Glorious War, the thrilling and definitive biography of George Armstrong Custer's Civil War years, is nothing short of a heart-pounding cavalry charge through the battlefield heroics that thrust the gallant young officer into the national spotlight in the midst of the country's darkest hours. From West Point to the daring actions that propelled him to the rank of general at age twenty-three to his unlikely romance with Libbie Bacon, Custer's exploits are the stuff of legend.
Always leading his men from the front with a personal courage seldom seen before or since, he was a key part of nearly every major engagement in the east. Not only did Custer capture the first battle flag taken by the Union and receive the white flag of surrender at Appomattox, but his field generalship at Gettysburg against Confederate cavalry General Jeb Stuart had historic implications in changing the course of that pivotal battle.
For decades, historians have looked at Custer strictly through the lens of his death on the frontier, casting him as a failure. While some may say that the events that took place at the Little Bighorn are illustrative of America's bloody westward expansion, they have in the process unjustly eclipsed Custer's otherwise extraordinarily life and outstanding career and fall far short of encompassing his incredible service to his country.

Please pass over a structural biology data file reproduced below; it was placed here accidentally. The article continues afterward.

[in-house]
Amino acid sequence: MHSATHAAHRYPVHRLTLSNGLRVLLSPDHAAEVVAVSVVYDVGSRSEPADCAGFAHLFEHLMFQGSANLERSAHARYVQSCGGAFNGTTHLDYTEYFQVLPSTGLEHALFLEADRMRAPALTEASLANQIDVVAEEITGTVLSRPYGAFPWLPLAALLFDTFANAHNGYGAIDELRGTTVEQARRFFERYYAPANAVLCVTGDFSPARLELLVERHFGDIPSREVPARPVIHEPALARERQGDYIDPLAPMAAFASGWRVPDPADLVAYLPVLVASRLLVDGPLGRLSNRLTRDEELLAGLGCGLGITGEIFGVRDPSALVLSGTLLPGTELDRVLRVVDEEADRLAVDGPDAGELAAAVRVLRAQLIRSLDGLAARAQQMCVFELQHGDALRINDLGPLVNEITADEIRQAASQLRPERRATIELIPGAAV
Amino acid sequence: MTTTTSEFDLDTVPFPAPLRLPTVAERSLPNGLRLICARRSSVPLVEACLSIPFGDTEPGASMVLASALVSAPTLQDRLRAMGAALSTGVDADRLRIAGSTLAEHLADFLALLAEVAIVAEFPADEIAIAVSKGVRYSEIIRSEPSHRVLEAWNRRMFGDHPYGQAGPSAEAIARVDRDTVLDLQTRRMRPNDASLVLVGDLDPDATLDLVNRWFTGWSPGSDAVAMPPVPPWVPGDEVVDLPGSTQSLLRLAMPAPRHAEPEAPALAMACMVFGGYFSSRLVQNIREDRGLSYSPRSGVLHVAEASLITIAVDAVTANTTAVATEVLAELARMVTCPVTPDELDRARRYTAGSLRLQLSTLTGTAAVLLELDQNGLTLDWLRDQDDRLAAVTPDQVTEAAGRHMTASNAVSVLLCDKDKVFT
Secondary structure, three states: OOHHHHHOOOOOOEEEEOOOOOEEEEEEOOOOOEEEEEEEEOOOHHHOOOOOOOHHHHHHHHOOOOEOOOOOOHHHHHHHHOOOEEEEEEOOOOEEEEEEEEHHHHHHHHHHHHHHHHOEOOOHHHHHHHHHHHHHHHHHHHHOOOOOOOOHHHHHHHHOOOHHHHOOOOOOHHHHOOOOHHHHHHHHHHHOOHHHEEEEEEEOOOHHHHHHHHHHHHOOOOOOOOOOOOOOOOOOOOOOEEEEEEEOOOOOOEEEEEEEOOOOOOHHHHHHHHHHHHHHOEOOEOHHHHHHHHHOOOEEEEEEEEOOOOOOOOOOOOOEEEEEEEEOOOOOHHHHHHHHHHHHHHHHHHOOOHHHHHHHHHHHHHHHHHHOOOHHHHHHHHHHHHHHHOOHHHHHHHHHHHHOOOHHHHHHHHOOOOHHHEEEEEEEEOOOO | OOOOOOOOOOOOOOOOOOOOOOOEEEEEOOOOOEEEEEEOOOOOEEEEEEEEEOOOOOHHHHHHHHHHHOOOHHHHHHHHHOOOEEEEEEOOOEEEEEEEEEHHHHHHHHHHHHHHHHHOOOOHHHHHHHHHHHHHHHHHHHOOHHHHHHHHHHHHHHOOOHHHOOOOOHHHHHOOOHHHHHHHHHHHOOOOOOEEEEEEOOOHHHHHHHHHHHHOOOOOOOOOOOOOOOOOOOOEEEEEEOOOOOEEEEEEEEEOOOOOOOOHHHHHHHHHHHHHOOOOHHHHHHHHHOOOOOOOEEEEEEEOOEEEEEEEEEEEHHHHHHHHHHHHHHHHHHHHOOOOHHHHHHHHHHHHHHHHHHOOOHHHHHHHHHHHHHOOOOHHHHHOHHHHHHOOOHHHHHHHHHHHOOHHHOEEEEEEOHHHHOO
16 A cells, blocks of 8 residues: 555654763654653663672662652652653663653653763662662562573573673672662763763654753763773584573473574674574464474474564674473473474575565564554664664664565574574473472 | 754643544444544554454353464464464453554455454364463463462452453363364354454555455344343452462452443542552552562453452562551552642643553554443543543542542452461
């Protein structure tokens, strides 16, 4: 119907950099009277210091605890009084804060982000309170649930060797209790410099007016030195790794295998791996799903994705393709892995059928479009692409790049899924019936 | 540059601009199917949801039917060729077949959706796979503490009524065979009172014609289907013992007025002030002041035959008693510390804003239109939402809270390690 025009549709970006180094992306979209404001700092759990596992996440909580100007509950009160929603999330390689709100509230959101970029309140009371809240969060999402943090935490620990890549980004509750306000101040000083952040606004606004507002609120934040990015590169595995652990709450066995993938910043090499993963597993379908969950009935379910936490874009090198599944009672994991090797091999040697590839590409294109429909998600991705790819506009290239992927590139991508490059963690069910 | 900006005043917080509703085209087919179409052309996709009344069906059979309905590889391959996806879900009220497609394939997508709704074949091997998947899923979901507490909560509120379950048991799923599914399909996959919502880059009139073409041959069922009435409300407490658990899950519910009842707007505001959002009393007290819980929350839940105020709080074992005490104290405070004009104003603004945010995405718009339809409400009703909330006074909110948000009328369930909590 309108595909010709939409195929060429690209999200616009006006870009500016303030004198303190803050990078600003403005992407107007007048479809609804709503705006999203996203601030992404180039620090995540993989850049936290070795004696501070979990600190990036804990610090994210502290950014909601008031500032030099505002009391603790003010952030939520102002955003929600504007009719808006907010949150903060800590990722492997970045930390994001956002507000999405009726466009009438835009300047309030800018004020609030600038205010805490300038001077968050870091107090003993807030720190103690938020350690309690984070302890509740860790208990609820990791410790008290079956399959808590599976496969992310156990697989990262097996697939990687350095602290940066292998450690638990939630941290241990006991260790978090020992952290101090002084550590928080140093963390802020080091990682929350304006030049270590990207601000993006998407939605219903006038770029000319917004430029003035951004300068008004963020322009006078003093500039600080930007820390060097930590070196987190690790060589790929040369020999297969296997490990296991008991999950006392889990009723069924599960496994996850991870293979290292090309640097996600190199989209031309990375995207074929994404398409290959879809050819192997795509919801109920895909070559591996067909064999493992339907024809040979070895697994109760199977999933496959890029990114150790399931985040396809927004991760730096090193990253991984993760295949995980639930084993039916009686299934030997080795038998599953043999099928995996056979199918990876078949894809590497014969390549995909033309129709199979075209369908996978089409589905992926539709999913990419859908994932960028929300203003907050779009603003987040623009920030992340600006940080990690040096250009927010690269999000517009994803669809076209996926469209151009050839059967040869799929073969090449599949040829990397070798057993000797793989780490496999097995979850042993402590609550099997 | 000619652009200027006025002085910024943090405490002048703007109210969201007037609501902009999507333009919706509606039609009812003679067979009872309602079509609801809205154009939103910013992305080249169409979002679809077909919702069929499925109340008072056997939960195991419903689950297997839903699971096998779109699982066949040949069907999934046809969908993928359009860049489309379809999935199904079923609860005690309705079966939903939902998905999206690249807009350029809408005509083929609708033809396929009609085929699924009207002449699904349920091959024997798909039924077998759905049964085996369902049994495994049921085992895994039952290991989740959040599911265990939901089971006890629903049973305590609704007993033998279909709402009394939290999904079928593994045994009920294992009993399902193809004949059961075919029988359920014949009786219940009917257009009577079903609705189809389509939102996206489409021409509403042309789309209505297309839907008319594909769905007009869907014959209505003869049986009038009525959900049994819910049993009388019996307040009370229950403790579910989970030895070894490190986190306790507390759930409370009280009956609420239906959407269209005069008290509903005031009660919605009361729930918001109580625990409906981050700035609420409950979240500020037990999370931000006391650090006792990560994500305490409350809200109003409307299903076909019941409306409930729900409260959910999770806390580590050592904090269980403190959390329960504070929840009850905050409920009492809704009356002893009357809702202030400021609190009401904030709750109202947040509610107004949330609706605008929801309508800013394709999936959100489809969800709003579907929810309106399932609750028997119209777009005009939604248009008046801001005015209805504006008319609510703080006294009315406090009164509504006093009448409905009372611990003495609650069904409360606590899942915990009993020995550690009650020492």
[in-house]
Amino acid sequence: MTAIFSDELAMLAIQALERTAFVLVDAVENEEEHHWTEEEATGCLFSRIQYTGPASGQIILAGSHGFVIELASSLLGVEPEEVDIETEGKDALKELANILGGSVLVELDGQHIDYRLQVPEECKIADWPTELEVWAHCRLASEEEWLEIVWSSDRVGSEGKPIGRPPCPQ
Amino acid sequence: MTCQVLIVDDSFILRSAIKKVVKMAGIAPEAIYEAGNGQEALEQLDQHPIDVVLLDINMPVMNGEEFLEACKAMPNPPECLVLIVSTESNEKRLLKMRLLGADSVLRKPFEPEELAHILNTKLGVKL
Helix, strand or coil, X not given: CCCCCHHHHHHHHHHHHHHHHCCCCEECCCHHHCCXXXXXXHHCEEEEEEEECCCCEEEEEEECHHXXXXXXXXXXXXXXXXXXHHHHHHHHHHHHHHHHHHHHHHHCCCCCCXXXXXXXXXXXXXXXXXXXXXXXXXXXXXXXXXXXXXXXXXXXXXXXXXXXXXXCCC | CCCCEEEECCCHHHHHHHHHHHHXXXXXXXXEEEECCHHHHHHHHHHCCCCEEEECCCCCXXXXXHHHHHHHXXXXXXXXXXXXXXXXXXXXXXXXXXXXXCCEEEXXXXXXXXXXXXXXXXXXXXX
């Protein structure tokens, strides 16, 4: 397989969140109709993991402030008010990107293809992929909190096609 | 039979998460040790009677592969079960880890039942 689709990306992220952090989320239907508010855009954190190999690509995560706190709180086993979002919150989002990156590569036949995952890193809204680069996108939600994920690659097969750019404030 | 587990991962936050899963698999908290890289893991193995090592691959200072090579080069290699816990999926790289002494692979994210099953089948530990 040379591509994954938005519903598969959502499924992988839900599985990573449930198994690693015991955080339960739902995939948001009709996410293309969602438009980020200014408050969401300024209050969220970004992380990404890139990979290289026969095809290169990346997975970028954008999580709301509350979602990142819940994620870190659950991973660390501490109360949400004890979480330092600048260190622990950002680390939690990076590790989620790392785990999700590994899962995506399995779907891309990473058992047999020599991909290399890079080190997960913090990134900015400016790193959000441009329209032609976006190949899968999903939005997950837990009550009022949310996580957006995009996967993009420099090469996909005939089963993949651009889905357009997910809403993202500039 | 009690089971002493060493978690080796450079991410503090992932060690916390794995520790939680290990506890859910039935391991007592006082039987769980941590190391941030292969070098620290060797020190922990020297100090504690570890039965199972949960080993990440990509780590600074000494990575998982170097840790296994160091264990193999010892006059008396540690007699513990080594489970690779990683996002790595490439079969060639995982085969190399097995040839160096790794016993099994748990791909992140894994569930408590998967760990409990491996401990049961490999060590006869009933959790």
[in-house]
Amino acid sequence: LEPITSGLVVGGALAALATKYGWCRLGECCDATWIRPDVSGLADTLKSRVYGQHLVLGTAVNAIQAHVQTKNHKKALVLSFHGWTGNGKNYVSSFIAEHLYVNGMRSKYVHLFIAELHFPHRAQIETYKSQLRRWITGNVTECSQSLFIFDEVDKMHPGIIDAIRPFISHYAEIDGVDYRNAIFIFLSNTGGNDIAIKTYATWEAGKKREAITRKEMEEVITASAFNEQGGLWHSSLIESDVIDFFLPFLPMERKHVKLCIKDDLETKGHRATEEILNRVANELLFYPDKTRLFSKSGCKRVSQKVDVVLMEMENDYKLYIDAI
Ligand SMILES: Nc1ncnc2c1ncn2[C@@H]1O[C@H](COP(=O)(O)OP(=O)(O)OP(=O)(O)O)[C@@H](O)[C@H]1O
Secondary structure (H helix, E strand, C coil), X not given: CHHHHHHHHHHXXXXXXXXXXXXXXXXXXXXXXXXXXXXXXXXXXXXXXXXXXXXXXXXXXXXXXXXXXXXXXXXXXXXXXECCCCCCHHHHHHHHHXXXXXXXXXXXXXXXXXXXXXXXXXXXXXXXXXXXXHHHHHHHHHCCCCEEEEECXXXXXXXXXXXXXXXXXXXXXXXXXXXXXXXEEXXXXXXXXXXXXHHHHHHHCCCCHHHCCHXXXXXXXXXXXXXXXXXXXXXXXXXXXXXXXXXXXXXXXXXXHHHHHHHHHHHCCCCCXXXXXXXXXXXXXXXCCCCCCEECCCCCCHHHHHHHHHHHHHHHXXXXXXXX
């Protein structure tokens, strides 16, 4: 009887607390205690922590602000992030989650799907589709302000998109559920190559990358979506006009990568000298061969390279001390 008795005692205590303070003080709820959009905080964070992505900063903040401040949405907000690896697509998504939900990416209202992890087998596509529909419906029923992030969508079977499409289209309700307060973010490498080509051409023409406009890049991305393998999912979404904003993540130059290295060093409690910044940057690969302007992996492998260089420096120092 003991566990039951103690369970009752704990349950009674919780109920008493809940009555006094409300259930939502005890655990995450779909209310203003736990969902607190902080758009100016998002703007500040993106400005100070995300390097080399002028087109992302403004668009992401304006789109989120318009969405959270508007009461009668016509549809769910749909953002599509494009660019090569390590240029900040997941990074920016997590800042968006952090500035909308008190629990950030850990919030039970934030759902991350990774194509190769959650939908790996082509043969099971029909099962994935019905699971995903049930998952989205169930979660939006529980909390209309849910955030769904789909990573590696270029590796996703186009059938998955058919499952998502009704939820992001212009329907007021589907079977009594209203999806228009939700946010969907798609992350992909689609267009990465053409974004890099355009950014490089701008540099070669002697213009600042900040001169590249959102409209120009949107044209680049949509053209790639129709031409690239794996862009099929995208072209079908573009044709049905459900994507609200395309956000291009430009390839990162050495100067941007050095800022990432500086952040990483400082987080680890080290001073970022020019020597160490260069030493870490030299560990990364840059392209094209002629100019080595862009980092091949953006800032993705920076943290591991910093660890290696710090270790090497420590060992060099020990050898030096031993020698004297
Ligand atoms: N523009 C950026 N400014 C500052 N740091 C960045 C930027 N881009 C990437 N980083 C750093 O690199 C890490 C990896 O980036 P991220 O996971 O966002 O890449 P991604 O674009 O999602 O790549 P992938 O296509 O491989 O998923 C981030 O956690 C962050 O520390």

This biography of thundering cannons, pounding hooves, and stunning successes tells the true story of the origins of one of history's most dynamic and misunderstood figures. Award-winning historian Thom Hatch reexamines Custer's early career to rebalance the scales and show why Custer's epic fall could never have happened without the spectacular rise that made him an American legend.
"A lively and very readable account of the early career of George Armstrong Custer." (Larry McMurtry, author of Custer)
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The Civil War record of GAC deserves the telling, and this book is an aid, although riven with prose whose purpleness out-flashes John Pelham's flying artillery at dusk. Plenty of tactical and operational information which does much to elucidate Custer's "Rock Star" status which arose during the conflict and which haunted and drove him for the rest of his life.
Almost anyone. Mister Lewis clearly knows next to nothing about the subject matter, and throughout, his serial mispronunciations are one of the less endearing features of his oddly paced, strangely emphasized and occasionally sing-song narration. In combination with the sometimes melodramatic prose, it often comes across as nearer to parody than history.
Great Custer Book
- Edward N. Heinz